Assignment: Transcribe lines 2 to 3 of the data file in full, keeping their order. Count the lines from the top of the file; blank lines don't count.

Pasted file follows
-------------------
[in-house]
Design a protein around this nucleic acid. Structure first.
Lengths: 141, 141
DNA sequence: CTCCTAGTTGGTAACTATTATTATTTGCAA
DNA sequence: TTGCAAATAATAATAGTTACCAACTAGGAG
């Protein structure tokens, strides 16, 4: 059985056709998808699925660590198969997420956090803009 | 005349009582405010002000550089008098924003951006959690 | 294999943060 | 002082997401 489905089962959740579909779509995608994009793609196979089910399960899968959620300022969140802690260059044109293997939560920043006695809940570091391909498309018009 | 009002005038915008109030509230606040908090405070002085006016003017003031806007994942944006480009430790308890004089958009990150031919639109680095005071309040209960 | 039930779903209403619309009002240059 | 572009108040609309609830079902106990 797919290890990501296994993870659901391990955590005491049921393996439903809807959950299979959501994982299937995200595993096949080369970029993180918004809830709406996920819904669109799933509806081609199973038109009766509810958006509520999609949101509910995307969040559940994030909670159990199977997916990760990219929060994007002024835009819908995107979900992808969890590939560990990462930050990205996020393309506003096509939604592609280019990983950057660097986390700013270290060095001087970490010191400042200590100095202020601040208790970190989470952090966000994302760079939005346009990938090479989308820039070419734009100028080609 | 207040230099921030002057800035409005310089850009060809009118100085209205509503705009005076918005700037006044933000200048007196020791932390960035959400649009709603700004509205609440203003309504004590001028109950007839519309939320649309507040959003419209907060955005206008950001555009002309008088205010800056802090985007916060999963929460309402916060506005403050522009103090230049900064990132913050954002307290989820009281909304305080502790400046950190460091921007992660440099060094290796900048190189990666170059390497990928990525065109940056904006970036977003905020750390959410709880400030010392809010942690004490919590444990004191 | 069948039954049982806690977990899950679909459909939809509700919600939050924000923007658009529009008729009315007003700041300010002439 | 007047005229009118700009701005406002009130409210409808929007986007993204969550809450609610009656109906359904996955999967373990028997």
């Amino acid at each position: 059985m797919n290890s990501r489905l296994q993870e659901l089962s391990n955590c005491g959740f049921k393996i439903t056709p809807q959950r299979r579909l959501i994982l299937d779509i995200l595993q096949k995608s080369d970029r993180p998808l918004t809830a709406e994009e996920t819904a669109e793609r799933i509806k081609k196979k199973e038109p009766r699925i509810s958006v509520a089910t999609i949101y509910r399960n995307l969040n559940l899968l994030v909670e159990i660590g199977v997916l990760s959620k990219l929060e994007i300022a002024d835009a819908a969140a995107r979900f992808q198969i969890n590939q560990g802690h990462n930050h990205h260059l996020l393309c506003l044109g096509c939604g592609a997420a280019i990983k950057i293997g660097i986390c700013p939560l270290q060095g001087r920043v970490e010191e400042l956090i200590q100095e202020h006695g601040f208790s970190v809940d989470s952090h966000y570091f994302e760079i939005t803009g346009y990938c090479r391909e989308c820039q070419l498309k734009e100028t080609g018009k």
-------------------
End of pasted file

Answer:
Design a protein around this nucleic acid. Structure first.
Lengths: 141, 141